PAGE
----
MINNEAPOLIS — The trio of basketball intellectuals sat together in Section 106 of the Target Center on Tuesday, conversing intently. On the same end of the gym, Kevin Love took his last round of post-practice jumpers before the first game day of 2013-14.
Milt Newton leaned forward, resting his elbows on his knees, and looked two seats down at an animated Flip Saunders. Rick Adelman lounged a row in front of them off to Saunders’ left, also listening and exchanging words with the only coach responsible for more Timberwolves wins than him.
The franchise’s general manager, president of basketball operations and current head coach convened out of earshot from a group of reporters waiting to talk to Love. Perhaps they discussed the power forward’s sweet, instructional-video-worthy shooting motion, completely unhampered by a broken hand that cost him almost all of last season. Maybe their thoughts centered on how to best attack a rebuilding Orlando squad, which comes into the old barn on First Avenue North for a 7 p.m. tipoff Wednesday.
Each of Minnesota’s three bricklayers must have allowed himself to imagine by now. What would the aging arena — due for a facelift within the next two years or so — look like with a standing-room-only crowd screaming and waving towels this upcoming late April?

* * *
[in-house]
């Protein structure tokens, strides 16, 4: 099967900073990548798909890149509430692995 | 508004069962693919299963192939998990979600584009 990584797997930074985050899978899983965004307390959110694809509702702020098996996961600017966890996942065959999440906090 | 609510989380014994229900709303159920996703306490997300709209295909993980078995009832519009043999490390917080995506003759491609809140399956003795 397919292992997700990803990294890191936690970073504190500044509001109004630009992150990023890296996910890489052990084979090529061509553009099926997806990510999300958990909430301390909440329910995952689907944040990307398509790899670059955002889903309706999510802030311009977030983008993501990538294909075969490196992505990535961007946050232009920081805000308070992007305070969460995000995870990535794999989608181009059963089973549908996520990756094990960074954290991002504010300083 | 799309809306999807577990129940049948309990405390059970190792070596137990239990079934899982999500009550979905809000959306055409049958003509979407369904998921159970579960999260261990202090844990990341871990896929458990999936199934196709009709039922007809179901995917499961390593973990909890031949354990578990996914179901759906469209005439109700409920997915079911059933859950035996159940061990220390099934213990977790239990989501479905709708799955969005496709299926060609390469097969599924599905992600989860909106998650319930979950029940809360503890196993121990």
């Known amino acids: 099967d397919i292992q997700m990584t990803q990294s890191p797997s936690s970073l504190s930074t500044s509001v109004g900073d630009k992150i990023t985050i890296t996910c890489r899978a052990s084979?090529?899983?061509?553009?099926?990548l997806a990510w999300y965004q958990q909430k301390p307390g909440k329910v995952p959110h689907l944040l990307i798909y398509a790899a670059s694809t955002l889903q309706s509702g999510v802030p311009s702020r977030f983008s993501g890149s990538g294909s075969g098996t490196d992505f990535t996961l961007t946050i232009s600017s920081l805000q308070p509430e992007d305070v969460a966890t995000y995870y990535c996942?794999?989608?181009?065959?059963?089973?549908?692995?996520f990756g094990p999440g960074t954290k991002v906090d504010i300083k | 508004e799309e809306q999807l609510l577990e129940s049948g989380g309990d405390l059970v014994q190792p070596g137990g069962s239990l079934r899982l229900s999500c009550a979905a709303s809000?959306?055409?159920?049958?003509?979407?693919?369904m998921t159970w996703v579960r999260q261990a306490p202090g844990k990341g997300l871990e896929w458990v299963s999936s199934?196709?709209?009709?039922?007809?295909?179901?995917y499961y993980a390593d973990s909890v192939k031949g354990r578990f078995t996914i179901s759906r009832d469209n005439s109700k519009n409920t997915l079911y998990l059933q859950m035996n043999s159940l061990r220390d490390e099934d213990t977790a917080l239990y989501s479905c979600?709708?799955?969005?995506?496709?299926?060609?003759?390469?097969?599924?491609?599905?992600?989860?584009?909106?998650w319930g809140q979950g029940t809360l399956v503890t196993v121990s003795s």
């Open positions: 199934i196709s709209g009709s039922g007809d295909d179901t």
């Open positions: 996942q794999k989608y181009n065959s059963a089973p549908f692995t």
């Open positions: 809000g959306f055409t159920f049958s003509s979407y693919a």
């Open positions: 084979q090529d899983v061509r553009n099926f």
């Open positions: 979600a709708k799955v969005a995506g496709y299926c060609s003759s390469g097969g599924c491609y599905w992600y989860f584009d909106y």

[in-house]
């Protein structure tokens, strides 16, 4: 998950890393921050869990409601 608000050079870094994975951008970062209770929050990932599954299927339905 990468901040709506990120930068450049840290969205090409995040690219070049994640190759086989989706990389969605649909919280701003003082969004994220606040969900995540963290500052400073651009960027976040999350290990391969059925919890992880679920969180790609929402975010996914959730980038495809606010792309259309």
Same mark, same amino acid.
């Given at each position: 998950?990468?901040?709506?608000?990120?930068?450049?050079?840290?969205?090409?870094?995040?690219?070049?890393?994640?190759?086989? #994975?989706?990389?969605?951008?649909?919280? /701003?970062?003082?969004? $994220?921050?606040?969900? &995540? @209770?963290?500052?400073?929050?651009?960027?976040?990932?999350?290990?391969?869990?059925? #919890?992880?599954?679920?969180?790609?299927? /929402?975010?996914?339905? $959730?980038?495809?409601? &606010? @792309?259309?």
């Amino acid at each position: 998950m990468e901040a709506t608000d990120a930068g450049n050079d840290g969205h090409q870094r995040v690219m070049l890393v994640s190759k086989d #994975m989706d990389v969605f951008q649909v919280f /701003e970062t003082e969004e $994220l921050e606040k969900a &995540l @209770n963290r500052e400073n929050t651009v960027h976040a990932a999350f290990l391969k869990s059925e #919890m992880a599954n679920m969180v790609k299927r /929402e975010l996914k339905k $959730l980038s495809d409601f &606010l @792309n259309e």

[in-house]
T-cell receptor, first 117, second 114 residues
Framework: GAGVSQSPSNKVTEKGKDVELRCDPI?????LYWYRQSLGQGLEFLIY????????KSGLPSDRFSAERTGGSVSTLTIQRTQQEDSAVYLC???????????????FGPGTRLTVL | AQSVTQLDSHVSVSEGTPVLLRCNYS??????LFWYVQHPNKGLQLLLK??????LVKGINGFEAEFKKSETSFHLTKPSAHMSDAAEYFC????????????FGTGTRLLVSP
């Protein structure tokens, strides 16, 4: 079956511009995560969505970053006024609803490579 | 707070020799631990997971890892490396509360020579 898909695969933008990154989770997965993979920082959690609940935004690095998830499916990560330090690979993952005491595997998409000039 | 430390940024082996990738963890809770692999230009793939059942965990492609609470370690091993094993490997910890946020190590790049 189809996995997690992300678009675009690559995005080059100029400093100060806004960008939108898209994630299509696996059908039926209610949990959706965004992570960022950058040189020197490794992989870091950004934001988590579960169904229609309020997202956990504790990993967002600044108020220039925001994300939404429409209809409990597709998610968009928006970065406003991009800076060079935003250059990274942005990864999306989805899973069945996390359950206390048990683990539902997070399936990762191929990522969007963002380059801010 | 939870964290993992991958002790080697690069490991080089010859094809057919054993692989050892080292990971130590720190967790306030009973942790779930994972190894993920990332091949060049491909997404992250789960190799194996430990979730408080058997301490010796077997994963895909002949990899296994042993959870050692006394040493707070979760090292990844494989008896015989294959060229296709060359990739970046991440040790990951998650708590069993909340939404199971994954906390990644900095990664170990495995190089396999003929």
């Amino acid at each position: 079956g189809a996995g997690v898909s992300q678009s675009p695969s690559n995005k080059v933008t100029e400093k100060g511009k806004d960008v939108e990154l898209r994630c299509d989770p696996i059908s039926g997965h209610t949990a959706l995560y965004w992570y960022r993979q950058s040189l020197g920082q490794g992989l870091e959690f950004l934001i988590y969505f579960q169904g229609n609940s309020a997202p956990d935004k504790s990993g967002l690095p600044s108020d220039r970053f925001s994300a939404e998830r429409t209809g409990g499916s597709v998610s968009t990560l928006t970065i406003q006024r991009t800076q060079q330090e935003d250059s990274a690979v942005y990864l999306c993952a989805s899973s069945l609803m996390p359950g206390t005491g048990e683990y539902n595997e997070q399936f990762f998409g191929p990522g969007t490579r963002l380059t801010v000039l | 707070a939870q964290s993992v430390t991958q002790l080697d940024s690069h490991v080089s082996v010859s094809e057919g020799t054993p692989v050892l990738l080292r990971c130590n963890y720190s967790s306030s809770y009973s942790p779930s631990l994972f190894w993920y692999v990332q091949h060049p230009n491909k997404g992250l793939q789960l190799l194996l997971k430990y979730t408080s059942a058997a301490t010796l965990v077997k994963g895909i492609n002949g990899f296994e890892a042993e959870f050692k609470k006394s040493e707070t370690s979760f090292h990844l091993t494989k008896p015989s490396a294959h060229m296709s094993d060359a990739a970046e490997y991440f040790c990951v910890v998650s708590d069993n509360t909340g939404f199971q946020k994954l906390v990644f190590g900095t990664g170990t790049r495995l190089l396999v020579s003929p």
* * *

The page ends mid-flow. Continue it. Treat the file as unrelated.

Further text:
Saunders knows what a Timberwolves playoff atmosphere is like; he led the club to eight straight, culminating in a 2003-04 Western Conference Finals appearance.
They haven’t returned since, suffering the longest active postseason drought in the NBA and the seventh-longest one in major American professional sports at the moment. Puzzling personnel moves, financial mismanagement, teen-win seasons and mutterings of a team sale by owner Glen Taylor have been the hot-button topics in Wolves Country for most of the past decade.
No head coach in the organization’s 25-year history, save for Saunders, has remained in place here for more than two years. Adelman will join his boss in that distinction Wednesday as Minnesota embarks on its silver-anniversary season.
Yet the playoffs are the status-quo benchmark following a busy and productive offseason. Players, fans and media see the Timberwolves pushing for a lower Western Conference seed just a year after their eighth consecutive losing season.
What a difference health and help make.
Adelman’s cautious. But not pessimistic.
“We have hopes,” the 23rd-year head man said.
So does a success-starved sports market that sat through another rancid summer across the street at Target Field and has watched in horror as mediocre quarterback after mediocre quarterback cycles through first-team reps at Winter Park. Fans participating in an impromptu Twitter poll Wednesday evening predicted an average of 48 Timberwolves wins this season and a seventh-place finish in the West.
That’s not far off from most national prognostications. Five bloggers predicted a playoff return on ESPN.com. Another echoed the same prediction on CBSSports.com. Hoopsworld.com and Yahoo! Sports have Minnesota winning 45 and 42, games respectively — possibly enough to reach the postseason. ESPN writer Kevin Pelton’s analytical SCHOENE ratings place the Timberwolves’ offense on par with that of the Miami Heat and project a 52-win season and No. 5 playoff seed.
Not everyone — including Bill Simmons, his Grantland.com crony Jalen Rose and CBS’ Matt Moore — is convinced. But the expectations paradigm around here has shifted, swiftly and suddenly.
“We’re going to try to do a great season,” point guard Ricky Rubio said. “We’re excited about it, and we just want to have fun out there, make (fans) enjoy what we doing.”